Alien Resurrection

  • Review Date: January 27, 2008
  • Rated: R
  • Genre: Science Fiction
  • Release Year: 1997
  • Running Time: 108 minutes

Common Sense Media says

Grotesque carnage, vile characters; steer clear.
  • Review Date: January 27, 2008
  • Rated: R
  • Genre: Science Fiction
  • Release Year: 1997
  • Running Time: 108 minutes





What parents need to know

Positive messages

The aliens are starting to look good by comparison -- which might be the movie's point. While Sigourney Weaver has been an audience anchor through this series, her cloned heroine is more threatening and violent. Other characters are punkish, profane space criminals, inhumane scientists, or despotic and evil military men. Cast is multicultural, and there's one tough paraplegic with survival skills.


Human characters are clawed bloody by the savage aliens, get torn apart, shot, cremated, or have embryo aliens burst out of them. Much gunfire and explosions, and the aliens themselves are dismembered.


Brief shots of nude Ripley clones, in undeveloped or mutated states, with bare breasts, no genitalia visible. Lascivious remarks by crew members.


Overwhelming use of "f--k," "s--t," "hell," "a--hole."

Not applicable
Drinking, drugs, & smoking

Social drinking.

Parents Need to Know

Parents need to know that even with the built-in kid/video game appeal, this monster movie has very harsh elements of bloody killing and cynical inhumanity, as well as explicit swearing and sex talk. Even Ellen Ripley, moral anchor of this series, has here turned into a violent bad-girl parahuman mutant. Human beings in general are vile and treacherous, and when one refers to the Earth of tomorrow as a "s--thole" you don't disbelieve that people like this have made it that way. When one especially monstrous alien mutation dies in a slow, ghastly way, Ripley (and you) feel sorry for it -- rather more so than for the people.

Parents say

Kids say

What's the story?

In the nightmarish Alien3, the story seemed over. But ALIEN RESURRECTION opens with the test-tube-rebirth of career alien-fighter Ellen Ripley (Sigourney Weaver). Military scientists still hoping to exploit the aliens as weapons surgically remove an infant alien and -- rather half-heartedly -- let the clone Ripley live on. She's a different Ripley now, with super strength and a psychic bond with the vicious aliens. When aliens escape and overwhelm the soldiers, Ripley and a ragtag bunch of smugglers try to escape the alien bloodbath. But one of the civilians, a girl called Call (Winona Ryder), belongs to an anti-alien underground, and questions which side Ripley is really on.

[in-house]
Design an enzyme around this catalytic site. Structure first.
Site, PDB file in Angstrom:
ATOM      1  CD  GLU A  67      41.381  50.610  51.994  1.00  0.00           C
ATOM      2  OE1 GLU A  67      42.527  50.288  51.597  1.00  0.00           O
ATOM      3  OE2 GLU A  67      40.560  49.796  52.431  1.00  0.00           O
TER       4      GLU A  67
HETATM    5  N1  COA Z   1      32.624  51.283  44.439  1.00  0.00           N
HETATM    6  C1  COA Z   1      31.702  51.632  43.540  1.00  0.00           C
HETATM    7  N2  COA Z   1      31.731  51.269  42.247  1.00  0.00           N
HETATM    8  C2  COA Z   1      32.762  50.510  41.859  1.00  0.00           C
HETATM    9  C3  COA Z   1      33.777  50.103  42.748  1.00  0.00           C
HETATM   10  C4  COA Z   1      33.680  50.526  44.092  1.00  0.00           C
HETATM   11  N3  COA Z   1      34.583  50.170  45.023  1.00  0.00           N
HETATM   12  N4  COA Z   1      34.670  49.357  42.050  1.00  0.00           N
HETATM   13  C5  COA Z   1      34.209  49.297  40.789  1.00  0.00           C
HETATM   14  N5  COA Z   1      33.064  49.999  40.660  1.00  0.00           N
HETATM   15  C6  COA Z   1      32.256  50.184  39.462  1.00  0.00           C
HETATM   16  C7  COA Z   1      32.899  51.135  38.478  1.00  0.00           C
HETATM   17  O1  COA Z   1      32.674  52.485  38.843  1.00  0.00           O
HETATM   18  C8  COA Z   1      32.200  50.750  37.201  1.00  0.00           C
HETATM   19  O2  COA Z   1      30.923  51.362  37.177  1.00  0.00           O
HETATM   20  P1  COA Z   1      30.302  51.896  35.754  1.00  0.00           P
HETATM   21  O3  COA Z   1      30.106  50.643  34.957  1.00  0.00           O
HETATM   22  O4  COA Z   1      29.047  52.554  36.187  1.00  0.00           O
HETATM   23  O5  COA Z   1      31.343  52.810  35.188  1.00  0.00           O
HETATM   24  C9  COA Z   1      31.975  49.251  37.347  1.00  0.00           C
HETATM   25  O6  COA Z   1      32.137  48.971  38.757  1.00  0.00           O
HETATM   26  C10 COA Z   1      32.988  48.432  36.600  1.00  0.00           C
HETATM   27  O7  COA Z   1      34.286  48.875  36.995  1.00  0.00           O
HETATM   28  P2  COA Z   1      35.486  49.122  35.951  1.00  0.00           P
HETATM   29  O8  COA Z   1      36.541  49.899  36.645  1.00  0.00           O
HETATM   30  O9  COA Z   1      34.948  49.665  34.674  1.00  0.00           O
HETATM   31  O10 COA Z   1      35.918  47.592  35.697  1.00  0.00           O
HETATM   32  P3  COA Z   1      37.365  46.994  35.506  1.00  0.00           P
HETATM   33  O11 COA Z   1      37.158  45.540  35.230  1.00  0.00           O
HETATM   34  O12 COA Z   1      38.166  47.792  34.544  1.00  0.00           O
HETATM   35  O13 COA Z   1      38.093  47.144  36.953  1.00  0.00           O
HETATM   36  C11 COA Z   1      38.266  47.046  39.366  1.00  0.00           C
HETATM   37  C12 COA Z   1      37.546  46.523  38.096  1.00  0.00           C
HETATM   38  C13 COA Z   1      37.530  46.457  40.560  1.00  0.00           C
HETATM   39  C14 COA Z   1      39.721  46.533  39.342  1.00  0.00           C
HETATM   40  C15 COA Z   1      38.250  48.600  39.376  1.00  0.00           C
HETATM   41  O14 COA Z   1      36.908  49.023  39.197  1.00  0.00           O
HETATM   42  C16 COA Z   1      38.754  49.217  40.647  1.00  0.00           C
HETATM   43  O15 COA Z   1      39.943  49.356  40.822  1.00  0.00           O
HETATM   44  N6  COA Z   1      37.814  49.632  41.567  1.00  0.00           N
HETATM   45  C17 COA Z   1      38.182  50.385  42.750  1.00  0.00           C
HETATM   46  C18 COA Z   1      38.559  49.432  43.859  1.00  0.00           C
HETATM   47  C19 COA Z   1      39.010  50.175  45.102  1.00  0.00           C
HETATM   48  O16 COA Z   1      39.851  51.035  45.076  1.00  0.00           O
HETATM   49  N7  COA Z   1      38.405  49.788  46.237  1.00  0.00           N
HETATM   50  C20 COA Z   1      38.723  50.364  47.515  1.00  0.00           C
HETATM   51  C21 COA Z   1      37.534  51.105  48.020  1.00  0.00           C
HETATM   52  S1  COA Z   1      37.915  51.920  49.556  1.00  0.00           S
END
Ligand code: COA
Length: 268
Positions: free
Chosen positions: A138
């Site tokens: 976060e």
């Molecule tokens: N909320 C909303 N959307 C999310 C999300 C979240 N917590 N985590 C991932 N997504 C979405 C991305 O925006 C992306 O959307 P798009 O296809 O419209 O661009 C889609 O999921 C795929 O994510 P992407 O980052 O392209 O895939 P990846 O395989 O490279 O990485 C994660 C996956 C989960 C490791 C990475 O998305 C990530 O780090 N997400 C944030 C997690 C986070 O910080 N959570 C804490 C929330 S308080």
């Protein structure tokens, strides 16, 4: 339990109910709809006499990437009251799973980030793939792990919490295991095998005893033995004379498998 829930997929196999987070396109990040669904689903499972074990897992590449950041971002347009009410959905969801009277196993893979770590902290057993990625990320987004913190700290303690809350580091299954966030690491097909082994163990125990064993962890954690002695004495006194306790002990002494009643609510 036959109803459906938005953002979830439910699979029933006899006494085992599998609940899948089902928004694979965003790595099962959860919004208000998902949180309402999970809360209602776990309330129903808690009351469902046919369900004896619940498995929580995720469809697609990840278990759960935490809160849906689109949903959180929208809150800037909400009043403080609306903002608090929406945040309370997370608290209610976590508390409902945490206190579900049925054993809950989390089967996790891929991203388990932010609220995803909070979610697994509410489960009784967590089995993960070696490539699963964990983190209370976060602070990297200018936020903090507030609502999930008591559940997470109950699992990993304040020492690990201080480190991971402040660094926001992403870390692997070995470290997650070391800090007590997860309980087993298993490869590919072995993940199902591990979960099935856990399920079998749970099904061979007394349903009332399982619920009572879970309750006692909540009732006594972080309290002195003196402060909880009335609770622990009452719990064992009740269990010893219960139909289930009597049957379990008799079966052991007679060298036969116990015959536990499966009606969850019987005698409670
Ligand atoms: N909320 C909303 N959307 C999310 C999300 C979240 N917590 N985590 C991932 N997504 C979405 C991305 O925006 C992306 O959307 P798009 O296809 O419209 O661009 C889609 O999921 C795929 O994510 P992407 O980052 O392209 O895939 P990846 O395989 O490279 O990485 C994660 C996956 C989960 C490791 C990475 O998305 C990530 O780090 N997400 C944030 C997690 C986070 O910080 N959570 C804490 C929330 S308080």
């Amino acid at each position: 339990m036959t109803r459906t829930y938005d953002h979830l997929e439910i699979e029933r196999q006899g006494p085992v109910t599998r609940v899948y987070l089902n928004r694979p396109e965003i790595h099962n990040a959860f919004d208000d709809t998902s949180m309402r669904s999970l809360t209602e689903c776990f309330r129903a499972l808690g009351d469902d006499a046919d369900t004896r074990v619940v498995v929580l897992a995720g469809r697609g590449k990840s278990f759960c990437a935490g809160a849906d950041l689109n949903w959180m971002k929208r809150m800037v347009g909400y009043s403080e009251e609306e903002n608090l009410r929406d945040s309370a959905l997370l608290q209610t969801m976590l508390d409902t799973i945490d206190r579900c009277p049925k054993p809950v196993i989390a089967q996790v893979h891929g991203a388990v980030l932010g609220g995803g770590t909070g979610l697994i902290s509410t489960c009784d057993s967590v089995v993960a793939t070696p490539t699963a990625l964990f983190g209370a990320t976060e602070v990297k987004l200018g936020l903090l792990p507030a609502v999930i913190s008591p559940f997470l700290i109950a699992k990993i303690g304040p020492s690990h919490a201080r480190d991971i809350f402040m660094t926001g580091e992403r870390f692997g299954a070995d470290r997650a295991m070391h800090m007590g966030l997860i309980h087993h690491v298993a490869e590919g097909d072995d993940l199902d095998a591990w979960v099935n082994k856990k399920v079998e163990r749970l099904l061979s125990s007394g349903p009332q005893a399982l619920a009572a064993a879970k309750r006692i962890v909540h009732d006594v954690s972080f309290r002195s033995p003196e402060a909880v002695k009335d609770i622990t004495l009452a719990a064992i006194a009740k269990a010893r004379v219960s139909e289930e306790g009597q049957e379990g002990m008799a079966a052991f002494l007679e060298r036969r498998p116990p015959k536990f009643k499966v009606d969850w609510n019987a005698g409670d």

Is it any good?


Critics and viewers who mostly disliked this movie upon its release probably would have changed their tunes if it had come along a few years later, when the scriptwriting credit of Joss Whedon would have stood out more. Whedon, a hotshot scriptwriter for comics, movies, and TV, became a brand name by making Buffy the Vampire Slayer a small-screen classic. His works lean toward strong, super-powered female characters fighting the forces of overwhelming darkness. Buffy fans might find this juicy territory indeed, if they can stomach Alien Resurrection's grotesque visuals, carnage, toilet talk, and pessimistic themes. That's a big "if."

Weaver has fun exploring the newfound dark side of her character, and overall the Alien series wouldn't have been half as good without her (check out Alien Vs. Predator, for example). But even with the outsized stunt gun-battles, borrowed Buffy vibe, and comic-book heroics, this is a dark spectacle that seems to conclude that no matter how downright demonic the aliens seem, humans are inherently worse.

Families can talk about...

  • Families can talk about the different tones of the various Alien movies, and which ones work for kid viewers, and why. Do you think this clone Ripley makes an effective and complex heroine, on the level of Buffy the Vampire Slayer? Do you think the movie makes people seem even worse than the hideous aliens?

Movie details

Theatrical release date:November 26, 1997
DVD release date:January 2, 2007
Cast:Ron Perlman, Sigourney Weaver, Winona Ryder
Director:Jean-Pierre Jeunet
Studio:Twentieth Century Fox Home Entertainment
Genre:Science Fiction
Run time:108 minutes
MPAA rating:R
MPAA explanation:strong sci-fi violence and gore, some grotesque images, and for language.

This review of Alien Resurrection was written by

About our rating system

  • ON: Content is age-appropriate for kids this age.